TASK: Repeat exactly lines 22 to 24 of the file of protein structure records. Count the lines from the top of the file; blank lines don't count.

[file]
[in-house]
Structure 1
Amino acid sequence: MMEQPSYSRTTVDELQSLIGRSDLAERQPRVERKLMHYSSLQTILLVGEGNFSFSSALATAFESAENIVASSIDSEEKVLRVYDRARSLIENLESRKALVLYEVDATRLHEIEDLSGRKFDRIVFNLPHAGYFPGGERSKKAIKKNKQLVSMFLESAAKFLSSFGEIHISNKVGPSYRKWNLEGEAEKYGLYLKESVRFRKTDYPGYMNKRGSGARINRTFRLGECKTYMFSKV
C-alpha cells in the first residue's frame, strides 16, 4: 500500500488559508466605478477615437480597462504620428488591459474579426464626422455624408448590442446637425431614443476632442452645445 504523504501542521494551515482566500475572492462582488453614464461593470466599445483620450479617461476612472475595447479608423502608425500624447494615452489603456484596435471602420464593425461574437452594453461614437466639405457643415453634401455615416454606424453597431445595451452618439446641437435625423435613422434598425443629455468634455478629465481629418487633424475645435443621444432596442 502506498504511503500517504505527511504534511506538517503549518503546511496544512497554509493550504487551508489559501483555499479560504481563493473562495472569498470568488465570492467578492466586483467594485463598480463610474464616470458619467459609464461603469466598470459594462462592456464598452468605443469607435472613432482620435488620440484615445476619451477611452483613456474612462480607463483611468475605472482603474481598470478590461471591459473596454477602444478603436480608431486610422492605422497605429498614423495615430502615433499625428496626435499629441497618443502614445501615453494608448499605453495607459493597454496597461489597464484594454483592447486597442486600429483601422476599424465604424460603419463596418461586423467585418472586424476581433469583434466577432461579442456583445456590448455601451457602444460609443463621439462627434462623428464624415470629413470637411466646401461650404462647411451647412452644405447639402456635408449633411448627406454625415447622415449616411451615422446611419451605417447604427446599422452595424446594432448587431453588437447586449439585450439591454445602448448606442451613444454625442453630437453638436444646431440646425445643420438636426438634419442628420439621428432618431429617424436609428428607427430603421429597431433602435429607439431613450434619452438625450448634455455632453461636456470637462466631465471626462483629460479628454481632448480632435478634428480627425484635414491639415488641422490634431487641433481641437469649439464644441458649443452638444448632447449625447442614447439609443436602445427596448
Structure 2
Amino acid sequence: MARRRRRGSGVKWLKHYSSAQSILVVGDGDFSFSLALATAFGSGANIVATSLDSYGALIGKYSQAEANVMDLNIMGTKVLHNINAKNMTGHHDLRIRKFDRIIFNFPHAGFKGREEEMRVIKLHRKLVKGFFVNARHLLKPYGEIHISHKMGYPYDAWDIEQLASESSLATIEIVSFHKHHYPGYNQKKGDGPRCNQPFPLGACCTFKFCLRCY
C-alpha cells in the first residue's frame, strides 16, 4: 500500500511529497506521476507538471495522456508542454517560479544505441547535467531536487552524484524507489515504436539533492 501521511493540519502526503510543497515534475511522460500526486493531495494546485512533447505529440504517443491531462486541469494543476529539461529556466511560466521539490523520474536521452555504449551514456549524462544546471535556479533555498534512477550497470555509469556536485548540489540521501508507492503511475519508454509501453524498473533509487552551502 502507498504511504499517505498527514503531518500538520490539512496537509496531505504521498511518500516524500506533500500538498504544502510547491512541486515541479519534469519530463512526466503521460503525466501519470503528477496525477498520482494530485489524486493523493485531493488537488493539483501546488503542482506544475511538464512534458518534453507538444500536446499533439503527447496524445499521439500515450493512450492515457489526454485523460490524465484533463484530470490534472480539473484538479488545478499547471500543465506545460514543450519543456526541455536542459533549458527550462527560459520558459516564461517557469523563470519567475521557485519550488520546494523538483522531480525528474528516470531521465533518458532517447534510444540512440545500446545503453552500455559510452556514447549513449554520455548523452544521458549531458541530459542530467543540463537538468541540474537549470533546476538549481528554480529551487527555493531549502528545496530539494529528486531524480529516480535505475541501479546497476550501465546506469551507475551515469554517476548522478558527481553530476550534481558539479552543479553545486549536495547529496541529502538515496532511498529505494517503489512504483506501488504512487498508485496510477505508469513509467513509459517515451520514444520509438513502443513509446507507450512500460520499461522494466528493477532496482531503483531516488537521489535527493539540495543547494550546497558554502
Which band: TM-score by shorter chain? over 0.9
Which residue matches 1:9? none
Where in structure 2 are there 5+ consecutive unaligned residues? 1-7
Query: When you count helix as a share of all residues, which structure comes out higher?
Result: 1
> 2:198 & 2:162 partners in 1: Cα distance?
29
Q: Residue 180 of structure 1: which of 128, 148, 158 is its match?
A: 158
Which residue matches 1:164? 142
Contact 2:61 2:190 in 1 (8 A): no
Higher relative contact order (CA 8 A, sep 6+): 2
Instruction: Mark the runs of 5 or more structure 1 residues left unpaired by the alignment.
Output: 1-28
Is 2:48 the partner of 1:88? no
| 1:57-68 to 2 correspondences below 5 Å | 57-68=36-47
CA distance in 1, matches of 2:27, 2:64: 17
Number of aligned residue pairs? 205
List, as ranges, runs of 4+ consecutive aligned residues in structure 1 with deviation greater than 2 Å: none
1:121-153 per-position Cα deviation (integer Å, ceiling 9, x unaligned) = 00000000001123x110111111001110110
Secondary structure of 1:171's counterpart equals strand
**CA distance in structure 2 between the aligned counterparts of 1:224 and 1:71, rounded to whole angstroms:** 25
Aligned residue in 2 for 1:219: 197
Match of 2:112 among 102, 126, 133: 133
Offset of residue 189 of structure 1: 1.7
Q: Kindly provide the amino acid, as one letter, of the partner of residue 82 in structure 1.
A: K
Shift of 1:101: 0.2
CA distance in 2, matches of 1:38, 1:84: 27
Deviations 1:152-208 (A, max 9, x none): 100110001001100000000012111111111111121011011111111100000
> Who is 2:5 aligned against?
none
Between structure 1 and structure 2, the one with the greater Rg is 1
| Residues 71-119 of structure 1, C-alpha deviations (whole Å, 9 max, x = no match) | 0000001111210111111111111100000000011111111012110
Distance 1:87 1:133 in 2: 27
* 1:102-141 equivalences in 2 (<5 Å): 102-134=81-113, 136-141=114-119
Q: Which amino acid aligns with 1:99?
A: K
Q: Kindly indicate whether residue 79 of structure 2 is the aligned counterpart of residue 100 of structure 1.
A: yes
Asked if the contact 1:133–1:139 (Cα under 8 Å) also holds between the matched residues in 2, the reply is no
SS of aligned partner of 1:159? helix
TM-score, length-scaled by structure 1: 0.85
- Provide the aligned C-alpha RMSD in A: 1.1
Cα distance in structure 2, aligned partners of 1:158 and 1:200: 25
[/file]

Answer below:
Is 2:48 the partner of 1:88? no
| 1:57-68 to 2 correspondences below 5 Å | 57-68=36-47
CA distance in 1, matches of 2:27, 2:64: 17